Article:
Instantly change the background of any portrait image with DeepMasque

Introduced by Yu-Chieh Lee, Sierra Park, Leo Li, Chris Chin

DeepMasque takes in any portrait and outputs a state of the art alpha matte, an image of black (background) and white (foreground/person), which can be used to place the subject on a new background. DeepMasque automates the process of separating the subject from the background in an image, having the potential to replace an entire sector of tasks in Hollywood, VR, and 3D- printing, all of which still use the green screen techniques.

In its current form, our project is useful for amateur photographers and filmmakers looking to change the background of an image, as we kept the whole runtime ~5 minutes, which is shorter than how long manually segmenting an image would take. Our project could be extended to segment video files, which would go a long way in automating the green screen technique. We are also currently working on creating a 3D model from the segmented image.

Our algorithm involves three main steps:

  1. Our preprocessing stage captures the positional offsets of all our portrait inputs with respect to a reference image using deep metric learning, a facial featurization technique. We a) identify 49 points which captures distinct facial features for both images b) find the affine transformation between these two sets of points and c) output the affine transforms of the mean mask & positional offsets of the reference.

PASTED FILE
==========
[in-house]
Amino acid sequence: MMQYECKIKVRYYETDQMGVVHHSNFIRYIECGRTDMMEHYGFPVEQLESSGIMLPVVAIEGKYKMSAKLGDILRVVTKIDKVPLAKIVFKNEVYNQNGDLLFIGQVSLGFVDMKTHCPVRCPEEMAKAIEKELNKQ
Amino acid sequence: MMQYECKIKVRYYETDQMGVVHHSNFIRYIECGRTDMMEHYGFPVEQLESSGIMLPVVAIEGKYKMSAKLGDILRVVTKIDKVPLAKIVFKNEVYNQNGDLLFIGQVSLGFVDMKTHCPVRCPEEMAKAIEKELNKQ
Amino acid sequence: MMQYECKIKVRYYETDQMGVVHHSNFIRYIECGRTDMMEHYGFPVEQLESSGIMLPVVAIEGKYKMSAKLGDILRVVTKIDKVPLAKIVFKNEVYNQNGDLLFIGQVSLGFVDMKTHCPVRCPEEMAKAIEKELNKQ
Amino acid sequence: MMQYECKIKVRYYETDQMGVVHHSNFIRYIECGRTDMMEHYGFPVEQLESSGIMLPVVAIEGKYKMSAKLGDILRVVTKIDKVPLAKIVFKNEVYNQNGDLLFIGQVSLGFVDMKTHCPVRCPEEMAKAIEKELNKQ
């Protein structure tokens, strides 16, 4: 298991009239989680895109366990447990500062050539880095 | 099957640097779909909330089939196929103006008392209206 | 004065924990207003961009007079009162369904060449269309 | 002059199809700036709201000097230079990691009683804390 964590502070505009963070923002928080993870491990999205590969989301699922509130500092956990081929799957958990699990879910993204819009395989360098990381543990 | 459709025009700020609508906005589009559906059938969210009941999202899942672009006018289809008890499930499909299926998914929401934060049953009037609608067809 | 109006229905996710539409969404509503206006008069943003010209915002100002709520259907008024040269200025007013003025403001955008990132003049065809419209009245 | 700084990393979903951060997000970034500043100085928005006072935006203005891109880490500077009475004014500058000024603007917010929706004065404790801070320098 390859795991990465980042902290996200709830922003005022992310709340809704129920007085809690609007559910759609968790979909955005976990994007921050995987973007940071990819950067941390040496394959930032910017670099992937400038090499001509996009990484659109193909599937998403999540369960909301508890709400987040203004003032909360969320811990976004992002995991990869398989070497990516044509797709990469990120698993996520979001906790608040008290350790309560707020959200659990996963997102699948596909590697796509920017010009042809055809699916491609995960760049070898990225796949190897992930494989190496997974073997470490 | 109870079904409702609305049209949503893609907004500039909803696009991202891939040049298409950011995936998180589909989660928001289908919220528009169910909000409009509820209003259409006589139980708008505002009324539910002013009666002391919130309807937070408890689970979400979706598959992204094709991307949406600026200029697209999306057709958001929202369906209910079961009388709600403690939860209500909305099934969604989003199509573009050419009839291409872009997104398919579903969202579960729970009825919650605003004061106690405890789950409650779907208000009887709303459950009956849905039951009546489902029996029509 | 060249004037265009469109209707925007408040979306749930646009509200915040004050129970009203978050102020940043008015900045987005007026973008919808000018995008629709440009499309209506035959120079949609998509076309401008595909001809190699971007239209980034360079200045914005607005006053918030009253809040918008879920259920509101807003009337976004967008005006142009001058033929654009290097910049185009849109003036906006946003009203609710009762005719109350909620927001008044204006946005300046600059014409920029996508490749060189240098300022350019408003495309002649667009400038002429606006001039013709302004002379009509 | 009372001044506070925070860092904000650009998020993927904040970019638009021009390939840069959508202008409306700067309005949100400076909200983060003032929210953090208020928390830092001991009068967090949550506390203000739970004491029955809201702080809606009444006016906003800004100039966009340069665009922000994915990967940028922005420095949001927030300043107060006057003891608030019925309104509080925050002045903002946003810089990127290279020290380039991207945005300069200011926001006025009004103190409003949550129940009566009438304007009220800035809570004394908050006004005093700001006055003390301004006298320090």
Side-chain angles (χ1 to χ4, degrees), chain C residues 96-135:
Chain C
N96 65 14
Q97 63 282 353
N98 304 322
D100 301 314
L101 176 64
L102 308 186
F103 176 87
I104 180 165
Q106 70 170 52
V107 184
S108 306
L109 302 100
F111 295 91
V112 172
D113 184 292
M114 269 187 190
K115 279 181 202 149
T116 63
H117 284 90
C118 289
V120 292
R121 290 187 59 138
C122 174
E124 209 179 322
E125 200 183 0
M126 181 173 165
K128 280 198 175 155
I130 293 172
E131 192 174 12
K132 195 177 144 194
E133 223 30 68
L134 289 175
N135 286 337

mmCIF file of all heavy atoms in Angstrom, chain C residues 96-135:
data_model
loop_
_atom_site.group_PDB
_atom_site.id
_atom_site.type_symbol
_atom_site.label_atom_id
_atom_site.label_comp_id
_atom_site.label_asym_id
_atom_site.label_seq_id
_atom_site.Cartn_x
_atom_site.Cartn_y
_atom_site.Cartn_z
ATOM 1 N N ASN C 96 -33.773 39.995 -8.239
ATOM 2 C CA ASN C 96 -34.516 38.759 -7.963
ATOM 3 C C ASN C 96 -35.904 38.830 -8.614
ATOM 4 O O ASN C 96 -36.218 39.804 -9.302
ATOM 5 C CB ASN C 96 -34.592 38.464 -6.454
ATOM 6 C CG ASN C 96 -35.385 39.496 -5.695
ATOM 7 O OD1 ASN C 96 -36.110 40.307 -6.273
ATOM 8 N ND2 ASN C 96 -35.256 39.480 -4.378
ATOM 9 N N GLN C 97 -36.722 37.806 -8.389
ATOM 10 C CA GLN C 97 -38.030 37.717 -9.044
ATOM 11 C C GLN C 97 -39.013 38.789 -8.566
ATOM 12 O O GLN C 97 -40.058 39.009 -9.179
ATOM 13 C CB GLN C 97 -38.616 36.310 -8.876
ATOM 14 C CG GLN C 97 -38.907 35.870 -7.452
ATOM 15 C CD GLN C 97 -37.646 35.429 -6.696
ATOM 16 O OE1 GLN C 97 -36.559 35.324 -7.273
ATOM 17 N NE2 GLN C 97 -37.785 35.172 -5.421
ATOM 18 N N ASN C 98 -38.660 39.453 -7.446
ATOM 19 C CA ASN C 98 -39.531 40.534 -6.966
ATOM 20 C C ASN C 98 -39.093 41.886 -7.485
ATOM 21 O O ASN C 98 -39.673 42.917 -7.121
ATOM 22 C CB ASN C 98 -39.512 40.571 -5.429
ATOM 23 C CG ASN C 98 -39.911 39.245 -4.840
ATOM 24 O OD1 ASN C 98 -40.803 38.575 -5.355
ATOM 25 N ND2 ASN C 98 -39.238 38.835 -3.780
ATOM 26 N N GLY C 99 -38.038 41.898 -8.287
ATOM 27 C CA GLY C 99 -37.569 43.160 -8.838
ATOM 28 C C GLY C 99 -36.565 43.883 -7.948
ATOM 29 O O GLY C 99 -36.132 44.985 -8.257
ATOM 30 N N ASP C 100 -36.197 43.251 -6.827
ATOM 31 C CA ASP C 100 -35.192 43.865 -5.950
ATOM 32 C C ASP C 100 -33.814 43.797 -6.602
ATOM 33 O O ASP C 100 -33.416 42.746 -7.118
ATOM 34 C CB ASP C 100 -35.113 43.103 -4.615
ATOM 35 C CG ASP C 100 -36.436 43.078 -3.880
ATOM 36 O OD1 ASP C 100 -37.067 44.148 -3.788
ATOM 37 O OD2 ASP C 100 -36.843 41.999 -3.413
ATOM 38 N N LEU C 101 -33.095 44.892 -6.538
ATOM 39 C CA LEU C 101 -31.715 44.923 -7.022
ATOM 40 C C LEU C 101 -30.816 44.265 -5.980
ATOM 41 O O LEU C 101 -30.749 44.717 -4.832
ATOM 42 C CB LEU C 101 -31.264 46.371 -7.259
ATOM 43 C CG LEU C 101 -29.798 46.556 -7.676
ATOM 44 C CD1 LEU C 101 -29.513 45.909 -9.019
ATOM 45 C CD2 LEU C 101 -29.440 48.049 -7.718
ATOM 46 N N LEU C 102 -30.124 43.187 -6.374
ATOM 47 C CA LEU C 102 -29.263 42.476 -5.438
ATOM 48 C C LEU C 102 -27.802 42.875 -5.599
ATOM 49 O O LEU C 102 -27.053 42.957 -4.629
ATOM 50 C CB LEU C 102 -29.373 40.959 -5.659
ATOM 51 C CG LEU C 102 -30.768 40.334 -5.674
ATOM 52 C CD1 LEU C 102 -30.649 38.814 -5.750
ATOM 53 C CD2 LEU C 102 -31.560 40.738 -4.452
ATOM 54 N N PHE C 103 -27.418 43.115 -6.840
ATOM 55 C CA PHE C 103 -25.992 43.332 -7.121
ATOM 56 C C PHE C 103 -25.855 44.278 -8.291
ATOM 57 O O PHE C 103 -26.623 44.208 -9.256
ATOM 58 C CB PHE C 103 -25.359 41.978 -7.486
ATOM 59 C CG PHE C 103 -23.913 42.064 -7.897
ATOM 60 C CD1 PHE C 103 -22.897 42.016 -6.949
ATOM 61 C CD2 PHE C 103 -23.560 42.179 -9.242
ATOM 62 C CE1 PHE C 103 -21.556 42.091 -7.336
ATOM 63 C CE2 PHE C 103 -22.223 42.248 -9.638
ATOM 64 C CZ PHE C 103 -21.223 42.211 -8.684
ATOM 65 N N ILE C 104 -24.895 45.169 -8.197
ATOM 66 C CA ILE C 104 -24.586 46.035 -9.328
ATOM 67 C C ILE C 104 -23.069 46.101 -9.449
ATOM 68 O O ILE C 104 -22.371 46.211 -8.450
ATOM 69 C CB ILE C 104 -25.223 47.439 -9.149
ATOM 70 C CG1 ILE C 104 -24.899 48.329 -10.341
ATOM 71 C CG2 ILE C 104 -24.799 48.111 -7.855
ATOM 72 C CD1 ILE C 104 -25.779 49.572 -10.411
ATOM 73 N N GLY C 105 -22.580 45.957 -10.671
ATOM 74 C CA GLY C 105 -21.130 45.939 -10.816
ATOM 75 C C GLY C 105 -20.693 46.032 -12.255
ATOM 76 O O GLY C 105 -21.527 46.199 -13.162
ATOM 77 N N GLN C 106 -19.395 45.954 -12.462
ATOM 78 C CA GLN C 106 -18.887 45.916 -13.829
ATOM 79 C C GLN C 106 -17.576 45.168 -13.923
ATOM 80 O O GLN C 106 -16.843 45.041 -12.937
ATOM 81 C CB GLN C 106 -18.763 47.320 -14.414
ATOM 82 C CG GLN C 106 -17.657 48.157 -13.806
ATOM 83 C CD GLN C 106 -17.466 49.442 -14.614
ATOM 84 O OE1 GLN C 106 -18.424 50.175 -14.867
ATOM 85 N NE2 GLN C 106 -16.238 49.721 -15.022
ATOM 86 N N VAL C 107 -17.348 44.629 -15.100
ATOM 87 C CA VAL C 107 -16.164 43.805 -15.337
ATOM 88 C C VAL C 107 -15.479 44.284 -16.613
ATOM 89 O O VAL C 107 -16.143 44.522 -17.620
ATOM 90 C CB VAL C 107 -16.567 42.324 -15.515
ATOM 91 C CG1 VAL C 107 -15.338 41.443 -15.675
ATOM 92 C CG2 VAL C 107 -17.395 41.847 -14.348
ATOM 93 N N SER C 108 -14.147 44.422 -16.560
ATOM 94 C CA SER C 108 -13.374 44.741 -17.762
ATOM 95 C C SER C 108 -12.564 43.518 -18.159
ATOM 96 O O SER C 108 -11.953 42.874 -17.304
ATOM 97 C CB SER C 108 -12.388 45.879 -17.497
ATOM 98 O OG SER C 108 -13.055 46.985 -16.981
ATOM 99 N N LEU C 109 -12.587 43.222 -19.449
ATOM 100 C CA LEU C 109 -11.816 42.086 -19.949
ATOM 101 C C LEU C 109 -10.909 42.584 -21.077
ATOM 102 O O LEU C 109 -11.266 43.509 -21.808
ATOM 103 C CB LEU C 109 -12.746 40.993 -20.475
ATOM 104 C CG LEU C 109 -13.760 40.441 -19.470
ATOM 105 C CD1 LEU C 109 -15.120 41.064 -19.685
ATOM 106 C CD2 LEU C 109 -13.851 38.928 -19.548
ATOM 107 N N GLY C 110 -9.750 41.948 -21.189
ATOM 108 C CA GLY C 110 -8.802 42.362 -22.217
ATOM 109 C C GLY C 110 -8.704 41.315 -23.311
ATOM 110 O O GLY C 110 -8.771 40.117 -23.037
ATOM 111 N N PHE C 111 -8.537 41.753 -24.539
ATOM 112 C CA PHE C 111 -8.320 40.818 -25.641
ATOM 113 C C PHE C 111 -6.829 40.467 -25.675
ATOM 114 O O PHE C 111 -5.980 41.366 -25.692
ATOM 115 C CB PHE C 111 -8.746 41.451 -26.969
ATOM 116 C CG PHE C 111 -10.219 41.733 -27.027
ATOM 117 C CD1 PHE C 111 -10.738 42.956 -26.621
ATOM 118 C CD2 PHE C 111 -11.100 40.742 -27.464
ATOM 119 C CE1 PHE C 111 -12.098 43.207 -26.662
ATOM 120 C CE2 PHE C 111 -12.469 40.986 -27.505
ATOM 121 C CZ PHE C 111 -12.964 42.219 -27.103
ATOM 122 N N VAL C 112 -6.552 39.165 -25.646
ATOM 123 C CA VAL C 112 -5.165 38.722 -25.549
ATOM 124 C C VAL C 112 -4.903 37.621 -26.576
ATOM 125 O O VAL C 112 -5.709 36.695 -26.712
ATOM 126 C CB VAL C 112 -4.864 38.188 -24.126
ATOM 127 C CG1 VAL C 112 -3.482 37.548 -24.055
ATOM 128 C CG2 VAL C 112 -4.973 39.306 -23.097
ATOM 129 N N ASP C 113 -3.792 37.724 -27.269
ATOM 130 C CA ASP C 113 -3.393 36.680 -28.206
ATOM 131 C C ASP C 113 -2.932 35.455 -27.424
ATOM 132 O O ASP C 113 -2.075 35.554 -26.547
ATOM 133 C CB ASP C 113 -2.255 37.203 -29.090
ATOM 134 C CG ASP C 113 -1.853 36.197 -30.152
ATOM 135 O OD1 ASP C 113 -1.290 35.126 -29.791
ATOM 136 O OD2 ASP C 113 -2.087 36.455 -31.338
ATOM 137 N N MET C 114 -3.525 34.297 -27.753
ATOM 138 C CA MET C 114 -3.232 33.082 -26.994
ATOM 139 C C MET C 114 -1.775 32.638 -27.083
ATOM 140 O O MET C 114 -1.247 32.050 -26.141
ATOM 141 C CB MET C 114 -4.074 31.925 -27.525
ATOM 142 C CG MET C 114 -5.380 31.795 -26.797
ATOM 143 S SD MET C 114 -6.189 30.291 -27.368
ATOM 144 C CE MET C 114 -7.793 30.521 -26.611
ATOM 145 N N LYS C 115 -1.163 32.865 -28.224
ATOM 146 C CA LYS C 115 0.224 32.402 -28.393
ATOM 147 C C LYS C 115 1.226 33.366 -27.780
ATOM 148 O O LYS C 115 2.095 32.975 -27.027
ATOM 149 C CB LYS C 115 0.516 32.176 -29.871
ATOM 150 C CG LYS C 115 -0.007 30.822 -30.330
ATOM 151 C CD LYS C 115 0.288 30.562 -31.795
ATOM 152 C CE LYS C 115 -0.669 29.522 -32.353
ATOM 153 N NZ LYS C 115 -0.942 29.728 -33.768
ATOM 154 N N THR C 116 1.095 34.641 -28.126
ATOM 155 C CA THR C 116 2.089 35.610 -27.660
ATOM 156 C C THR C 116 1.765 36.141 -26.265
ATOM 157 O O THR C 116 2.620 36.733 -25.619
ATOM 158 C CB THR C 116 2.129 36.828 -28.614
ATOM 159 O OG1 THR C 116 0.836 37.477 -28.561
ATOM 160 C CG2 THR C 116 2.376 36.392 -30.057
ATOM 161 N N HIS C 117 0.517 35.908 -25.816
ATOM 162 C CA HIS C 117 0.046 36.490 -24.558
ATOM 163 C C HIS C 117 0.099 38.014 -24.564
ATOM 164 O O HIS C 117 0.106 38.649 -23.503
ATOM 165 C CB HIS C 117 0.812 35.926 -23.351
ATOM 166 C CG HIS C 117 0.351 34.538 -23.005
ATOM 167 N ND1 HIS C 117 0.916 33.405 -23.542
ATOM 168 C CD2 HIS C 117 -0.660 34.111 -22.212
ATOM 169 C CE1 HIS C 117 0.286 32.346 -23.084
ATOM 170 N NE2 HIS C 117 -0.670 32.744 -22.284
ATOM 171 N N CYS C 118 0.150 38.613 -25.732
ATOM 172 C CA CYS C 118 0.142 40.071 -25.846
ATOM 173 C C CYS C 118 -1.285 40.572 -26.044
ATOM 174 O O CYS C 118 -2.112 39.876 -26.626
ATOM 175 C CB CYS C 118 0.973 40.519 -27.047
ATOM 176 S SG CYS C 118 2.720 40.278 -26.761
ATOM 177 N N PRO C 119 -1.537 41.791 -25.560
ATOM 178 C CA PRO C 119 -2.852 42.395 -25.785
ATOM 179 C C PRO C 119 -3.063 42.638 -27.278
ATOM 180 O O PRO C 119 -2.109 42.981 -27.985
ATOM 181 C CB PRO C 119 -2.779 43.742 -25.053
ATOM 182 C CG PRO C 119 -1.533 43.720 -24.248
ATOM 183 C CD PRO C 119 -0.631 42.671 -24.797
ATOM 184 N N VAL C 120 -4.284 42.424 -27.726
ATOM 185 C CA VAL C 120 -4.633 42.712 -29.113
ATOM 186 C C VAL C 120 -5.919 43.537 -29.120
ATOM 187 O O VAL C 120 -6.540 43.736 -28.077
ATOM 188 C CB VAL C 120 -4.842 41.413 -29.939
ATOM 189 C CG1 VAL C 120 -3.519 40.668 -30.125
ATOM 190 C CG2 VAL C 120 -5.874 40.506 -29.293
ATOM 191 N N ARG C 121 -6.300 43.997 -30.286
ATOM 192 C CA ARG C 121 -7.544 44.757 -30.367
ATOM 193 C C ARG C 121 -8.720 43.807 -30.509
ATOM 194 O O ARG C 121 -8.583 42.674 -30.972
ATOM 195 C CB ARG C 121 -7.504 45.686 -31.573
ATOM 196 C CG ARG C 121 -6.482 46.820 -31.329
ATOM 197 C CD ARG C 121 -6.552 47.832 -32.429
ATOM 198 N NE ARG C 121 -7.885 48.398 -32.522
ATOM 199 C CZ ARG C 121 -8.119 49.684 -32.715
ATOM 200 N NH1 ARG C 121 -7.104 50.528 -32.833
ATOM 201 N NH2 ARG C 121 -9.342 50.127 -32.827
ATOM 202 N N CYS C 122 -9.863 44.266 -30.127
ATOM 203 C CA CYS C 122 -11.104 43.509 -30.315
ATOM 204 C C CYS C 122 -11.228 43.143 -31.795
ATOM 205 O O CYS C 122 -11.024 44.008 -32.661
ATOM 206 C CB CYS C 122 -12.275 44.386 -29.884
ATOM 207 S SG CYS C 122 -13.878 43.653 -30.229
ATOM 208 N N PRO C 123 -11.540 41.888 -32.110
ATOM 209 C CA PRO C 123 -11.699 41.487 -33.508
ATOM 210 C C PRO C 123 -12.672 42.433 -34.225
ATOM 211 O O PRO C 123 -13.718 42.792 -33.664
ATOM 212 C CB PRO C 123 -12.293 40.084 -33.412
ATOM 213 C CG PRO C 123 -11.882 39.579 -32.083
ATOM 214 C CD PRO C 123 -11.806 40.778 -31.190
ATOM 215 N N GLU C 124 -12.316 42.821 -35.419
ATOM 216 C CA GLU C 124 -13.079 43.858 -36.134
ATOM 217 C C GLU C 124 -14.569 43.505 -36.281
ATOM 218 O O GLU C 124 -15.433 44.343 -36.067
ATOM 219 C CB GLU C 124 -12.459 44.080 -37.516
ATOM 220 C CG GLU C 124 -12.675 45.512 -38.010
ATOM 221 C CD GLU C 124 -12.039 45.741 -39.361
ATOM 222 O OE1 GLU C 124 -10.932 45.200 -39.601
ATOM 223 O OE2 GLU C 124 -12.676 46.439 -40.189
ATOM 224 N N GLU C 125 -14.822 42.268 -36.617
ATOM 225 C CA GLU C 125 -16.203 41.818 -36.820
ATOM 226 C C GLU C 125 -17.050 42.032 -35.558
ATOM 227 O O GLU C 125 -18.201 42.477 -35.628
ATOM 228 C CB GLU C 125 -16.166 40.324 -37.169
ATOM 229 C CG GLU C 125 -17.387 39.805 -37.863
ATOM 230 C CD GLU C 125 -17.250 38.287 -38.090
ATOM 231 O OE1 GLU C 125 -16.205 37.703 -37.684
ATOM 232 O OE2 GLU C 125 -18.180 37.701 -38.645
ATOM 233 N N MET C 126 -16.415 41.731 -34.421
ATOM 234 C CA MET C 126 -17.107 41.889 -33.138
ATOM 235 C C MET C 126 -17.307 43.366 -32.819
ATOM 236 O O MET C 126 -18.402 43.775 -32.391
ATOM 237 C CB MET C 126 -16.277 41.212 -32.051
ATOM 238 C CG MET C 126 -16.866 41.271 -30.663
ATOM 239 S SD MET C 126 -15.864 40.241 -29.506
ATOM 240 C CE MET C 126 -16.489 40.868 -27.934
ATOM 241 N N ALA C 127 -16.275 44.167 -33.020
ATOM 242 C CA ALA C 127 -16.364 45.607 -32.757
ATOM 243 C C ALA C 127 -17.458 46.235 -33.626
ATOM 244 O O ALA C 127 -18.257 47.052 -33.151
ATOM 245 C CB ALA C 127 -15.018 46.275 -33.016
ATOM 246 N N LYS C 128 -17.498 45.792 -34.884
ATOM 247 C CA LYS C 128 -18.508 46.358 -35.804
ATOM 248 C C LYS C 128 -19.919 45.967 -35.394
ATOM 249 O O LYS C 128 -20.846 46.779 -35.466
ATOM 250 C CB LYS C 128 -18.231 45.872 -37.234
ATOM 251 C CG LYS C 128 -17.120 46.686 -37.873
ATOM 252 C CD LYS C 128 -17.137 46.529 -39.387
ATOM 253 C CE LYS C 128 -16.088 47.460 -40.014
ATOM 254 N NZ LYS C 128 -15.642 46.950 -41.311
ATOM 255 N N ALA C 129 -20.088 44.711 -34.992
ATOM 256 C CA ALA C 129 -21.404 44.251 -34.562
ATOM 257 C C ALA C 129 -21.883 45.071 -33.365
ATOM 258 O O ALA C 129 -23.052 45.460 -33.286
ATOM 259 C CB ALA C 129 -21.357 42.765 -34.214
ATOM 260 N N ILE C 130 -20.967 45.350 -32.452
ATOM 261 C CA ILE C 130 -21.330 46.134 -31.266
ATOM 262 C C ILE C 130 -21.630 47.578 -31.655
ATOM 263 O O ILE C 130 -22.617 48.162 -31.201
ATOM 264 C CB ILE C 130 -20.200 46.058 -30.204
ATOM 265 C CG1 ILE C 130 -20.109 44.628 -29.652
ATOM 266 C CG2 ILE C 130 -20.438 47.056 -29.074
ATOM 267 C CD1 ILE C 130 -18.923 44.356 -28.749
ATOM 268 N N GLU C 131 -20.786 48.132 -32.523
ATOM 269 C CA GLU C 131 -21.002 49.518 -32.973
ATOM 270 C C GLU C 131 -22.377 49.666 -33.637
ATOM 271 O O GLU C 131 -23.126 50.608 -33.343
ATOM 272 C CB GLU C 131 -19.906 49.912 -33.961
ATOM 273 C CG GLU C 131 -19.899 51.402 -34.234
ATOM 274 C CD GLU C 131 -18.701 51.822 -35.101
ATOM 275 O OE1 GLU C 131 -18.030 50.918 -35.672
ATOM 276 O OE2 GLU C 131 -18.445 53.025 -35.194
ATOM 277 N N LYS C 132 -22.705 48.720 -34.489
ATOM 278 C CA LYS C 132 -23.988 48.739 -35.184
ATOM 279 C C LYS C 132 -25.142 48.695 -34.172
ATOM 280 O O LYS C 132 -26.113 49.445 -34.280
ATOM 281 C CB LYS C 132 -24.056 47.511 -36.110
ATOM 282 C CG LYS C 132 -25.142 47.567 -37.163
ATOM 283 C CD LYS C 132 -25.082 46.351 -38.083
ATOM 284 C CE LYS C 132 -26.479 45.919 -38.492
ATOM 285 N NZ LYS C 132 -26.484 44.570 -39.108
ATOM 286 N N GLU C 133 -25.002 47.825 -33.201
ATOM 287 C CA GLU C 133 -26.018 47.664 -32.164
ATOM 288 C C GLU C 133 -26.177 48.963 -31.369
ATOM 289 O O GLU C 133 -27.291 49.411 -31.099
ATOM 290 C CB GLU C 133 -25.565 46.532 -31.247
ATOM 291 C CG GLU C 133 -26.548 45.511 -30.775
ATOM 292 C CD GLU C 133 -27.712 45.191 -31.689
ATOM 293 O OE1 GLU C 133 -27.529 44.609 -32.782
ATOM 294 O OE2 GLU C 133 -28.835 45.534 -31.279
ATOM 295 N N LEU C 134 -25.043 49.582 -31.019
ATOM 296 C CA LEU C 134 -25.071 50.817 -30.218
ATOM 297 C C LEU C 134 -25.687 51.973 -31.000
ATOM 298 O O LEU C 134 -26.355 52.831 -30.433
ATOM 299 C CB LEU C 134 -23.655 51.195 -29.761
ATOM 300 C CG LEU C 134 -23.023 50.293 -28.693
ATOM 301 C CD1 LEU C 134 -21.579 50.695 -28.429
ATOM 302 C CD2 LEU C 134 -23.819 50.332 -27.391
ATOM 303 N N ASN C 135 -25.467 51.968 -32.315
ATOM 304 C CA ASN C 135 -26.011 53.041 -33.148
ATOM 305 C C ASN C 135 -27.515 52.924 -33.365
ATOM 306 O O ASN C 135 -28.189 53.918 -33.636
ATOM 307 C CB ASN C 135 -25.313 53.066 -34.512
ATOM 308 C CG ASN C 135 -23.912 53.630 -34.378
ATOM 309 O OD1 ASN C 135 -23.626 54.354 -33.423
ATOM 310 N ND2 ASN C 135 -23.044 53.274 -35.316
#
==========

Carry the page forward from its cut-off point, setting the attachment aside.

2. We take the 3 channels outputted via preprocessing and the portrait as inputs into a 20 layer encoder-decoder network called Portrait FCN+, which outputs an unrefined alpha matte. We train Portrait FCN+ on Amazon EC2 against the ground truth alpha matte (i.e. true subject area) of the images. We generate a trimap, an alpha matte with an additional region in grey representing unknown, by setting 10 pixels on either side of the subject and background segmentation line as the unknown.
  3. The trimap is then put into two refinement stages: a) KNN-matting applies K-nearest neighbors to classify the unknown (grey) region and b) ResNet deals with minuscule errors that might have occurred in the PortraitFCN+. The output here is an alpha matte. Our refinement algorithm is much less computationally expensive than the current state of the art refinement procedure, DIM, while maintaining the same accuracy: a 97% IoU. In fact, we show that our refinement algorithm works on a Launchpad setup of 4KB, a minuscule amount compared to an iPhone, which has 64-256 GB.